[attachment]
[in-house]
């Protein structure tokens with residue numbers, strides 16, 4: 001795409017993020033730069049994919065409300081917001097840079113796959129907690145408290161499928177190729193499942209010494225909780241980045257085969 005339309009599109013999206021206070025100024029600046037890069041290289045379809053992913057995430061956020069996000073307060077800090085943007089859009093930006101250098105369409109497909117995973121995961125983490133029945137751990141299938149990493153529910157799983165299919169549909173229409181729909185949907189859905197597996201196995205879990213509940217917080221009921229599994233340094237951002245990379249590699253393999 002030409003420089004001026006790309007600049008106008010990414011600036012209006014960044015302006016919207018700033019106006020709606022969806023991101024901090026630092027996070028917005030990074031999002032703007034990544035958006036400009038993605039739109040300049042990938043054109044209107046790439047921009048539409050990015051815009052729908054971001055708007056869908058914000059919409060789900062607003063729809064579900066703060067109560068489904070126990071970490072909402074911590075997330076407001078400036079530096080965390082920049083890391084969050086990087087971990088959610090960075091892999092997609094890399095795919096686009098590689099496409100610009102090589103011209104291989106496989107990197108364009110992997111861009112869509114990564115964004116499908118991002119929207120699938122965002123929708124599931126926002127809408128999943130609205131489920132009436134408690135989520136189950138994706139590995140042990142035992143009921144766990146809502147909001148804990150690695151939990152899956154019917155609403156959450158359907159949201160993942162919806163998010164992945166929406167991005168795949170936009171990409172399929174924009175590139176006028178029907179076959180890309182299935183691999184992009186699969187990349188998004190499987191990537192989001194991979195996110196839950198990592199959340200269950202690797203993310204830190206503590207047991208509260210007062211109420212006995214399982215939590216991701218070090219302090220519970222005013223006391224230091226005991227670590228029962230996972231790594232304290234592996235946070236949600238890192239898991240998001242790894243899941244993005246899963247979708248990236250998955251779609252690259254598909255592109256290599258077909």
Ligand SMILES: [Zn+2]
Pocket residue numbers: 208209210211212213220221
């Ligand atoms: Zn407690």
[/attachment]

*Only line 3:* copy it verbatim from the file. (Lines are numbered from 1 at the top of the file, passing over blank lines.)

Ligand SMILES: [Zn+2]